Rachel's Secret

Second Story Press  2012

When a boy is brutally murdered in Kishinev, Russia in 1903, the Jewish community is blamed and vicious anti-Jewish propaganda quickly spreads. Rachel Paskar, a Jewish girl, was the last person to see Mikhail alive but will anyone believe her if she reveals the true identity of the murderer? Will her family and her community be put in more danger if she comes forward? Will the police even do anything? The drama and suspense builds and grows with intensity until violence erupts and Rachel’s father is killed, along with fifty others, in a devastating pogrom. The novel loses some momentum after the pogrom when Rachel, her sister, and her mother stay at the Jewish hospital, along with the other homeless, displaced Jews. But readers will be touched by Rachel’s growing friendship with Sergei, one of Mikhail’s friends and the son of a police officer, and will be filled with hope as Rachel and her family embark on their journey to America. Told from Rachel’s perspective as well as that of Sergei, first time novelist Sanders seamlessly weaves historical facts and characters from the 1903 Kishinev Pogrom into this highly readable, fictionalized account, inspired by her grandmother. Rachel’s relationship with the two Christian boys and her struggle with her faith in God and religion are portrayed with warmth and sensitivity, providing an authentic, compelling portrait of what life might have been like for a young Jewish girl at that time. An excellent discussion starter for exploring the history of anti-Semitism, Rachel’s Secret is recommended for readers ages 10 and up and will appeal to fans of similar novels such as Puppet by Eva Wiseman and The Night of the Burning by Linda Press Wulf.

Discussion Questions

Courtesy of Shelly Sanders

  1. In Rachel’s Secret, readers are ushered into Imperial Russia, the time of the last Tsar. This was a chaotic time, rampant with anti-Semitism, horrible working conditions, and a brutal authoritarian regime. Does the novel’s historical fiction genre make this setting more vivid? If so, how and why? Do you like historical fiction? Why or why not?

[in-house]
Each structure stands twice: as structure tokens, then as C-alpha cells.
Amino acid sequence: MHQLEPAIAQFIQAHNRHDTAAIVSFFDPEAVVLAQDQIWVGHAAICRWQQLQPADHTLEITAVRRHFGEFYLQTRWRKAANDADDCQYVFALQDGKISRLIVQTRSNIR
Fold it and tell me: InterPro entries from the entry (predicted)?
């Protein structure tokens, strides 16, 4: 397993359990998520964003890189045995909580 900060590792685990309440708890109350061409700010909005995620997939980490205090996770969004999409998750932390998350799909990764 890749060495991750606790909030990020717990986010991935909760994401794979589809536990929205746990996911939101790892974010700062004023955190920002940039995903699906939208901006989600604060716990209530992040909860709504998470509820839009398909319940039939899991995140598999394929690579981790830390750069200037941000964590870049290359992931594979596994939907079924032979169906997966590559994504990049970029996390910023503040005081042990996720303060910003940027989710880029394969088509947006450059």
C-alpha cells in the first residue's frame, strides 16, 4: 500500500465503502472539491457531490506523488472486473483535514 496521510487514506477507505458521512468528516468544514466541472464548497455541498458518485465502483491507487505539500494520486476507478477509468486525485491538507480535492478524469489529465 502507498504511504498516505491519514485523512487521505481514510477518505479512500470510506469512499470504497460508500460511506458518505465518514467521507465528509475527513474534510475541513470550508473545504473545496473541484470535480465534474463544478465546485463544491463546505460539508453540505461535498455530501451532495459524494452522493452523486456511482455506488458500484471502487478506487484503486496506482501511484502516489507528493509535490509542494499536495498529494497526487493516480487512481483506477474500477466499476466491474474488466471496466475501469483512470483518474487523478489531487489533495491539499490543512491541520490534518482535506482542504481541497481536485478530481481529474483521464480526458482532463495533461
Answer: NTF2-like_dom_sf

2. At the beginning of the novel, Rachel thinks back to her favorite book, A Double Life, by Karolina Pavlova, specifically the following passage: "Hold back your passion, stifle its sounds, Teach your tears not to flow. You are a woman! Live without defenses, Without caprice, without will, without hope."     Why does Rachel focus on these particular words? What do they say about a woman’s place in Russia at this time?

  3. Several threads of the plot resonate in today’s world—women’s rights, propaganda, intolerance, censorship. Discuss how these elements are prominent in your world.

  4. Do you like the author’s use of two distinct protagonists with their contrary points-of-view?

  5. What does the following statement mean to you within the context of the story: The Kishinev pogrom was a direct consequence of the propaganda of lies and violence that the Russian government pursues with such energy. --Leo Tolstoy, Bulletin annuel de l’AIU65, 1903

  6. Both Rachel and Sergei’s relationships with their fathers have profound influences on their decisions. Discuss. Who has influenced major decisions in your life?

  7. Who changes more as the story unfolds, Rachel or Sergei?

  8. Discuss the relationship between Rachel and Sergei. How does it change throughout the novel?

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